Can debt collectors contact you on social media? Although these communication platforms, such as Facebook and Twitter, spawned by the internet have been in use for several years now, there is a lack of clarity about how debt collectors can use them to interact with consumers.

The Fair Debt Collection Practices Act from 1977 is the primary law that lays out how debt collectors can interact with consumers in a fair-spirited way that doesn’t violate the latter’s rights. The Consumer Financial Protection Bureau, taking note of the fact that a lot has changed in the world since the FDCPA went into effect, has updated this law to better reflect society’s use of newer communication technologies, such as text messages, voicemail and social media. The updated law will go into effect in 2021.

In a blog post, CFPB Director Kathleen Kraninger noted, “The rule clarifies how debt collectors can use email, text messages, social media and other contemporary methods to communicate with consumers. And our rule will allow consumers, if they prefer, to limit the ability of debt collectors to communicate with them through these newer communication methods.”

The same rules of the road apply

Although the media of communication have changed, the update will hold to the spirit of the original FDCPA. Even though it is much easier to reach someone via electronic media, with its possibilities for instant communication, debt collectors have to still hold off on oppressive behavior and can’t use social media to harass or abuse you.

The update also “generally restates the FDCPA’s prohibitions regarding false, deceptive or misleading representations or means and unfair or unconscionable means,” the CFPB clarifies.

While the consumer agency expects that the update will give consumers greater control in communicating with debt collectors, consumer advocates don’t see it that way.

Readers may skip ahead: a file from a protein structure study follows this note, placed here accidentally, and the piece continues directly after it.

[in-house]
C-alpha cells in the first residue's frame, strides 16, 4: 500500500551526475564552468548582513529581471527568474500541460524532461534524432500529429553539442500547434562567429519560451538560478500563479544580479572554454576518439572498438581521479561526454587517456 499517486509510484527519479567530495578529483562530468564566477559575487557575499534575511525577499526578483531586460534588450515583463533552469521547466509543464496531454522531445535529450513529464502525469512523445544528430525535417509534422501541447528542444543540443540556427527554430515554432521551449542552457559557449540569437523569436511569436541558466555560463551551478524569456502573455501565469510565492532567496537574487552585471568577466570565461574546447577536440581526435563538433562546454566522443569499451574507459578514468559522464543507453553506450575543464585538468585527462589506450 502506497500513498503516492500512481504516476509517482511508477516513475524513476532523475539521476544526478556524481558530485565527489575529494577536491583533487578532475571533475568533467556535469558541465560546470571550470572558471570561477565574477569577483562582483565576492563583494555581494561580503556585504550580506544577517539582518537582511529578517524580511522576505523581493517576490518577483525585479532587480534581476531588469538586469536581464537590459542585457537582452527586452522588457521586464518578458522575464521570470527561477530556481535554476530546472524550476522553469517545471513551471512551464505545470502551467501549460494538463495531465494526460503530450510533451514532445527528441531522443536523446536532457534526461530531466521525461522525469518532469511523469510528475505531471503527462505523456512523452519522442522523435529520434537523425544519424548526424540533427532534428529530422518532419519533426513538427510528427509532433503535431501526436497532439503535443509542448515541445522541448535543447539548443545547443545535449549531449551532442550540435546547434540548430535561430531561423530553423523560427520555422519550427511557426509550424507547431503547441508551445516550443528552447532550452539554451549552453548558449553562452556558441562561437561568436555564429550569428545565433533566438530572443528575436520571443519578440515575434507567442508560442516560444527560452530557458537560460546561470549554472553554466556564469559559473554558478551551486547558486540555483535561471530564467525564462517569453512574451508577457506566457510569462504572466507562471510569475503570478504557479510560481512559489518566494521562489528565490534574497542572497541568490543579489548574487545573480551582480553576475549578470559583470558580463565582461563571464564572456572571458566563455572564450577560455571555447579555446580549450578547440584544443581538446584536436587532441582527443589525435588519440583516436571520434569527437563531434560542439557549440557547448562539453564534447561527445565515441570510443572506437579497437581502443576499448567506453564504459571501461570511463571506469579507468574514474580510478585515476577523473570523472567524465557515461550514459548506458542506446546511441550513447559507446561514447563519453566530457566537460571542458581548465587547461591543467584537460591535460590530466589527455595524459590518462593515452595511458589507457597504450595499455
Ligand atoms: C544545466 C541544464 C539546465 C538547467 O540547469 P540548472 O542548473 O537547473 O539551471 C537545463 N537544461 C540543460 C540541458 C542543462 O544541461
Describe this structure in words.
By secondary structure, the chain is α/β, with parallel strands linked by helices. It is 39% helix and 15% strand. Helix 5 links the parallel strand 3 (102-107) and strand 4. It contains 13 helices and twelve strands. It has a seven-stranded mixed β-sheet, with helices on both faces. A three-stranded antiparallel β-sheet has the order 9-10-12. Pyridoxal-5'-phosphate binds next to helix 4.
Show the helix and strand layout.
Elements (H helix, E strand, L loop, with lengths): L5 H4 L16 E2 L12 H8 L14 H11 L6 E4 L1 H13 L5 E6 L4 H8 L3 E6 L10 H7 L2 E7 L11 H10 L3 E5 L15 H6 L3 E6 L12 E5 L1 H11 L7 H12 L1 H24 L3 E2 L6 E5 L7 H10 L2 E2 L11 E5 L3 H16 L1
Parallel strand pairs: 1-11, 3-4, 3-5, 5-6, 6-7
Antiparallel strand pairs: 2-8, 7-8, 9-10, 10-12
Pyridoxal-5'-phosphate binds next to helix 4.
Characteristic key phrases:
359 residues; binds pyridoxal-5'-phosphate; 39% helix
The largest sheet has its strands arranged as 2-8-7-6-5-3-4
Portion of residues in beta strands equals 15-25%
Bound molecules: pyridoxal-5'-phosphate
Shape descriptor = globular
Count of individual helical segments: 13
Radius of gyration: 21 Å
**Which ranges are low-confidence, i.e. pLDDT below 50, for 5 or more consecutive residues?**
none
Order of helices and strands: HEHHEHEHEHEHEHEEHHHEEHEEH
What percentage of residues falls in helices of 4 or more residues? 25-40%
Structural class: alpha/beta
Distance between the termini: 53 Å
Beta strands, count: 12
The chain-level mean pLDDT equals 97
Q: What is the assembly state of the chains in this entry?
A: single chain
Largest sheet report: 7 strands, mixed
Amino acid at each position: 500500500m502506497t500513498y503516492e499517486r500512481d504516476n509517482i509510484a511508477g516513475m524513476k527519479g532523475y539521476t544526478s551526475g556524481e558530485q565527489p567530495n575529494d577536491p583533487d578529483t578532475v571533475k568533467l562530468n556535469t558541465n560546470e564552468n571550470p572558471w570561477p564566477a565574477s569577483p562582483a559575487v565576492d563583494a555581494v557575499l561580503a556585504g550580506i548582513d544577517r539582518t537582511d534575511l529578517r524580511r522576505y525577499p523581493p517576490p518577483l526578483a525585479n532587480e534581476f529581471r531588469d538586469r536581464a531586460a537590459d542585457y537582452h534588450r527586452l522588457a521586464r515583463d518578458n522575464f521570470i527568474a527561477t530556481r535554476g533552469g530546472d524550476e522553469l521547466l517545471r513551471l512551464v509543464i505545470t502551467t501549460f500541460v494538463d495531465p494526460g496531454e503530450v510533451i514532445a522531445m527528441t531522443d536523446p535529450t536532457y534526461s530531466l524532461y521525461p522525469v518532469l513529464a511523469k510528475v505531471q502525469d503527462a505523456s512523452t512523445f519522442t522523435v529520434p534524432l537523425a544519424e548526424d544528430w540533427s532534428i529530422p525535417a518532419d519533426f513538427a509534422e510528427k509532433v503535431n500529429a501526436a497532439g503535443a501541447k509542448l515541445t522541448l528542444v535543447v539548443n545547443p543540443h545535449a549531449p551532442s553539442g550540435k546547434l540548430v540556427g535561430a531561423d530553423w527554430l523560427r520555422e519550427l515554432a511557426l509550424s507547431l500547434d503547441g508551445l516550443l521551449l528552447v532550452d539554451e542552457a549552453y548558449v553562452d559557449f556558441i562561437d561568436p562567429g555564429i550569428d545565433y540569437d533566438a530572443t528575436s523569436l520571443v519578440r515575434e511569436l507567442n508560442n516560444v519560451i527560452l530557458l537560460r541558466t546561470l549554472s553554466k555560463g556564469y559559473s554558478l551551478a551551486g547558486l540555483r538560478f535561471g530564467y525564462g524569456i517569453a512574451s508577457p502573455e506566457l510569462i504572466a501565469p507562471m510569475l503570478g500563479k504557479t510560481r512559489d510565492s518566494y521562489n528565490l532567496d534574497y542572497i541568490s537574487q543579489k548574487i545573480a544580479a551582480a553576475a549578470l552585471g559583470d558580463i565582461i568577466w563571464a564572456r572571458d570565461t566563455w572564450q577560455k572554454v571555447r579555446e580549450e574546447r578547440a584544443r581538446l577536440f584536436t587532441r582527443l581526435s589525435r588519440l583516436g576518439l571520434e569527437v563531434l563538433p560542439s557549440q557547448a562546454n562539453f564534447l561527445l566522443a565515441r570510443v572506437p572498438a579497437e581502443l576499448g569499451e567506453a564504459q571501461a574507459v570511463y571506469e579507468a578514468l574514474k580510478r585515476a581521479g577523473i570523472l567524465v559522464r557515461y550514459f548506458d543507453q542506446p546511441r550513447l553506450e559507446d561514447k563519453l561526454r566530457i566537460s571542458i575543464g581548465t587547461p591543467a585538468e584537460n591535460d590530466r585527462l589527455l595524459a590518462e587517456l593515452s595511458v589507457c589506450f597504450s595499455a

In a joint release put out by a group of consumer advocates, Christine Hines, legislative director at the National Association of Consumer Advocates, noted “Through the guise of modernization, the debt collection rule could open the gate for collectors to aggravate vulnerable consumers with even more harassment and a flood of electronic communications.”

Sen. Sherrod Brown (D-OH) also noted in a media release that the updated rule “unfairly puts the burden on consumers to ‘opt out’ of harassing text, email and social media messages.”

However, ACA International, a trade group for debt collectors, welcomes this widening of communication channels. In a media release, ACA CEO Mark Neeb said, “Consumers in the collections process deserve to be on a level playing field with others in the financial services marketplace with recognition of their preference to use email and text messaging over other outdated methods, such as faxes, as outlined in the current law.”

While the final rule does not rule out debt collectors from initiating contact with consumers via social media private messages, the CFPB advises that debt collectors using electronic communications to contact consumers should provide the latter “a reasonable and simple method to opt out of such communications.”

You could also respond to a debt collector using electronic communications to ask them to stop their communications.

How debt collectors can’t get social with you

Although debt collectors can message you on social media, they can’t deceive you. For instance, the Federal Trade Commission advises that a debt collector cannot send you a “friend” request on Facebook without disclosing upfront that they are a debt collector.

They also can’t use social media to trick your associates into revealing information about you. For instance, they can’t use a false Facebook account to “friend” your contacts and find out from them about your location or assets.

When a debt collector contacts you initially, they will also have to disclose that they are a debt collector and that they will use any information you give them to collect on your debt. They can’t make public posts on social media that would give your social network information about your indebtedness.

How to safeguard your social media from debt collectors

If you are behind on a debt, there are steps you could take to safeguard your information from debt collectors on social media. According to Lemberg Law:

  • Act on the assumption that a debt collector is watching your social media
  • Don’t post information about your employment, location or financial situation
  • Save any communications you get from a debt collector in case you need to use this input as evidence